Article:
SYDNEY (Reuters) - The first Asian Cup held in Australia has already exceeded expectations and now the stars have aligned to produce what promises to be a classic final.
Both sides will feel confident of emerging victorious in Saturday's clash between the host nation and South Korea at Sydney's Olympic Stadium when the best attack in the tournament comes up against the best defence.
The delicious contrast in styles is the perfect ending to a tournament that has been full of unexpected twists and turns from the world's most populated and diverse region.
For the Australians, the final represents a chance to finally win a major international soccer title, an anomaly for a sports-mad country that has succeeded in almost every other sport in the world.
"It is a massive game. We made the final four years ago which was great for our nation," the Australian coach Ange Postecoglou said.
"We have been in Asia for a while now and we haven't won anything in the men's game, but this gives us an opportunity at a national level to achieve something."
Victory for South Korea would give the Taegeuk Warriors their first Asian Cup title since 1960 and the country something to celebrate after a grim year on and off the sporting field.
"The players are desperate to win this tournament," defender Park Joo-ho said. "A lot of people at home really want us to win this tournament after 55 years."
Despite reaching the semi-finals of the World Cup in 2002, South Korea have struggled to reproduce that sort of form since.
They were eliminated in the group stage at two of the last three World Cups and before this year, had not made an Asian Cup final since 1988.
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However, with the recently recruited Uli Stielike now in charge of an ambitious team, things are starting to look up.
The former German international is looking at a longer-term goal of restoring South Korea as Asia's best team and has started by plugging up holes in the defence.
In their five matches at the Asian Cup, South Korea have yet to concede a goal, with first-choice keeper Kim Jin-hyeon keeping four clean sheets.
They won each of their three group games, against Oman, Kuwait and Australia by a solitary goal but found their range in the knockout matches, beating Iraq 2-0 in the semi-finals after star forward Son Heung-min netted twice in the 2-0 quarter-final win over Uzbekistan.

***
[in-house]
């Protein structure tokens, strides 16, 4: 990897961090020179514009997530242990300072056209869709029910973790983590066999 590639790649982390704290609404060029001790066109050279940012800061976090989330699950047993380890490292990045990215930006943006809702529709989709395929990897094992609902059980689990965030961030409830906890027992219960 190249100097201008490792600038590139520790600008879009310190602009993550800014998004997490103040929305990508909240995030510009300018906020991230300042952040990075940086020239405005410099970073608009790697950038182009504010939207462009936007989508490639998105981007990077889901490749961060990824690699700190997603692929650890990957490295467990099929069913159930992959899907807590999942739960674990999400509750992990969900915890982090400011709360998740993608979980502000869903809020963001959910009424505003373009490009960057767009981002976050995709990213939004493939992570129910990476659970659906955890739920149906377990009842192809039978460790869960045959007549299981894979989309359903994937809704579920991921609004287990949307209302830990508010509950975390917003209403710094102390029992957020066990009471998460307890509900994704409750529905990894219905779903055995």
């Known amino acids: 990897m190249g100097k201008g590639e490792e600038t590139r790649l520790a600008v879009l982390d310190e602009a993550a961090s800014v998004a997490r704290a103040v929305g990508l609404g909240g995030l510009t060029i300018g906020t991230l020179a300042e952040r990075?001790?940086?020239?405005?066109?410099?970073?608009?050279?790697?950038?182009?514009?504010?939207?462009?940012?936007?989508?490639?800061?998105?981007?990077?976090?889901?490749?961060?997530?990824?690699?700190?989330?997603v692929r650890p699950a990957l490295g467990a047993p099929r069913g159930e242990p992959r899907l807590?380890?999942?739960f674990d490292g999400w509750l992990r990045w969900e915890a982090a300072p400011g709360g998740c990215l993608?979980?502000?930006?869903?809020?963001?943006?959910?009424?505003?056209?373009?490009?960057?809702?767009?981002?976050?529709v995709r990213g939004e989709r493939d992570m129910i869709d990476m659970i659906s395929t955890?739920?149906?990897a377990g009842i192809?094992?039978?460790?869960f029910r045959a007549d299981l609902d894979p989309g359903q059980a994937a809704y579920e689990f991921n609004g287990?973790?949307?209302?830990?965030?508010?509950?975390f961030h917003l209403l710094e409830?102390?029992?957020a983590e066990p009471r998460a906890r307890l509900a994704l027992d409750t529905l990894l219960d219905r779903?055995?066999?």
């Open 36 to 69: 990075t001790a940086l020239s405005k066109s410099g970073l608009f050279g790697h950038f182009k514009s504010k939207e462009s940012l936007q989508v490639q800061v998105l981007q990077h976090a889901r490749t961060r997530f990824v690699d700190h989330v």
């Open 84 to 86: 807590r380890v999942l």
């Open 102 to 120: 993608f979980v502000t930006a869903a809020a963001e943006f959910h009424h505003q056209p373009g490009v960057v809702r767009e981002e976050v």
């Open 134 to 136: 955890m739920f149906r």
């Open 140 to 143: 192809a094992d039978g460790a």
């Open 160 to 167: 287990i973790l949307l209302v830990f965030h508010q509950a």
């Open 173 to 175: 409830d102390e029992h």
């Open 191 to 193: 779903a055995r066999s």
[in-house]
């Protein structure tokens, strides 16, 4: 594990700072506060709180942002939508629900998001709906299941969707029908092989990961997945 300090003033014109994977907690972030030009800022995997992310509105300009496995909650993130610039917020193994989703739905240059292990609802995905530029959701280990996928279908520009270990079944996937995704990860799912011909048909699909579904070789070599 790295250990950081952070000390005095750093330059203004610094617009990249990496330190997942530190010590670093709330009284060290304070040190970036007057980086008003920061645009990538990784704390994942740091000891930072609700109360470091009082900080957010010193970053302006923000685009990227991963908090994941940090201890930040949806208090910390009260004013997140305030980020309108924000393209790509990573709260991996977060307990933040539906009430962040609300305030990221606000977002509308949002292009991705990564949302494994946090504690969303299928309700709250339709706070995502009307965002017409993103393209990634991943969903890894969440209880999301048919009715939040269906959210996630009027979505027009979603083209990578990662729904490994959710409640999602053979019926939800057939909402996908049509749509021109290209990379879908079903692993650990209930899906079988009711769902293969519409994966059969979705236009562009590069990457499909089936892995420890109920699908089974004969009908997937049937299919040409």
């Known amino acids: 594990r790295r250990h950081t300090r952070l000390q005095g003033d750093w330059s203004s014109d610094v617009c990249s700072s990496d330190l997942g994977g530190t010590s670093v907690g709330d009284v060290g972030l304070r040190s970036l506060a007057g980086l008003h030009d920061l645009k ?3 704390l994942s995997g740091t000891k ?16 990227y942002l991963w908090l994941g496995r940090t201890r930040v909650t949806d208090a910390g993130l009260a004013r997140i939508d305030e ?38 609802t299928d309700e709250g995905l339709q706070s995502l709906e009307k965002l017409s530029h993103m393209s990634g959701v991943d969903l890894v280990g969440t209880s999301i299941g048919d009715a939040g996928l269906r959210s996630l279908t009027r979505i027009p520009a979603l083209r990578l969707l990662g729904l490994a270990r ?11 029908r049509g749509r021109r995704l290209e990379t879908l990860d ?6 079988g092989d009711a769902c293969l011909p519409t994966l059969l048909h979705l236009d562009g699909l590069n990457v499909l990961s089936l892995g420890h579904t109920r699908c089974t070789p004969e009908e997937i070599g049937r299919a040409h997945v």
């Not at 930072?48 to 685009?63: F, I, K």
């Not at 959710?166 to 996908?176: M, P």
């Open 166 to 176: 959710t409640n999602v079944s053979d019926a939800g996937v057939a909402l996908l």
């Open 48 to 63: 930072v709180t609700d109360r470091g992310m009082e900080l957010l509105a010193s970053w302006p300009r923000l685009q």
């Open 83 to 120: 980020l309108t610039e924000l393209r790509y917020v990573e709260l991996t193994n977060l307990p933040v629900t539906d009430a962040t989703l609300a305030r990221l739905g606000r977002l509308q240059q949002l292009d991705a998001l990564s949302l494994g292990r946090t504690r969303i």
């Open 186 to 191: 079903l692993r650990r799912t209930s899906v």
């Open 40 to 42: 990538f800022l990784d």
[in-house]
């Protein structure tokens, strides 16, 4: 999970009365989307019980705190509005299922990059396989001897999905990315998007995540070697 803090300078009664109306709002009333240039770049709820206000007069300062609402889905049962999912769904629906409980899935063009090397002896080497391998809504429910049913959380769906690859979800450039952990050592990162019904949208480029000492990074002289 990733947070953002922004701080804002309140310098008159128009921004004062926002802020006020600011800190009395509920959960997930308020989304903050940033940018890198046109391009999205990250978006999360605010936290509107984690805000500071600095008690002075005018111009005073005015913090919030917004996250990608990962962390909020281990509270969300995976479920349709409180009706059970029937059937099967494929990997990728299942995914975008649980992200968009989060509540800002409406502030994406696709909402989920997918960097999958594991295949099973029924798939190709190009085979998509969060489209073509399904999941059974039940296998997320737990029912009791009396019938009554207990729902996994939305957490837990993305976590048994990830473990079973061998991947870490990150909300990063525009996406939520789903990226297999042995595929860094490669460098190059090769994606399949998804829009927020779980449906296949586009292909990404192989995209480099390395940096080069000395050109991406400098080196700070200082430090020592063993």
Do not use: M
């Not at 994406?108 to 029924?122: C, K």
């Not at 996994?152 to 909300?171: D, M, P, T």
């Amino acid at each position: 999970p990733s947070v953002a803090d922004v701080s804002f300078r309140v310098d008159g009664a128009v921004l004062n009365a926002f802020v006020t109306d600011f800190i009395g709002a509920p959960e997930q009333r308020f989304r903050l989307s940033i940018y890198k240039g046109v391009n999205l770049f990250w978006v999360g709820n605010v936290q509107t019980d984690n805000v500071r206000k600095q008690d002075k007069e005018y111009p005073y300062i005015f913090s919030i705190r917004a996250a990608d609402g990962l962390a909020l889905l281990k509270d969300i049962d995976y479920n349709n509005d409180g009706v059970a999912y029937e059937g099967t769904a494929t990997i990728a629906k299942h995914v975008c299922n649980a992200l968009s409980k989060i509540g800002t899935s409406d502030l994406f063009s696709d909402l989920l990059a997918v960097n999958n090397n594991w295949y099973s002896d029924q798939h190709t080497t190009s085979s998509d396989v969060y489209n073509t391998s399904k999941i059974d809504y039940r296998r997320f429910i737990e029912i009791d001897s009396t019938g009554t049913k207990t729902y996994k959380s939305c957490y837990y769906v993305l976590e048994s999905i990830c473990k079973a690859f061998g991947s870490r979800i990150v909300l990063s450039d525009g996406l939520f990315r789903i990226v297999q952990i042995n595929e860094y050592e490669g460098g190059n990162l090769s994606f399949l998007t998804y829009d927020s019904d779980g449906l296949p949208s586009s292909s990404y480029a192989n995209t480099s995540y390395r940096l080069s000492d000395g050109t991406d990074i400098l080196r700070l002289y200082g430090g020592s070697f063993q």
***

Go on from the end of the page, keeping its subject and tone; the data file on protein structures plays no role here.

Stielike, in an attempt to reduce the pressure on his young squad, said Australia were favourites, playing down the significance of their pool match win because both teams had already qualified and the Socceroos rested several key players.
"We will have to work to be the same Korea. This is our target," he said.
"For the rest, we have to take whatever is coming and try our best. We are realistic enough to understand that in the first game we didn't play the best Australia team."
Australia's goals are more immediate. For all the progress they have made since ditching Oceania and joining Asia in 2006, the trophy cabinet remains bare.
They're also trying to win over an Australian public that mostly prefers other football codes, so have adopted an all-out attacking style.
With Tim Cahill leading from up front, the Socceroos have piled on 12 goals in the tournament, four each in the group matches against Kuwait and Oman then two more in the quarter-final against China and semi-final with United Arab Emirates.
"It's going to be special moment for all of us," Cahill said. "But the mindset is to win, and to win the right way and by playing football and what we believe in. It's going to be a big night."
(Editing by John O'Brien)
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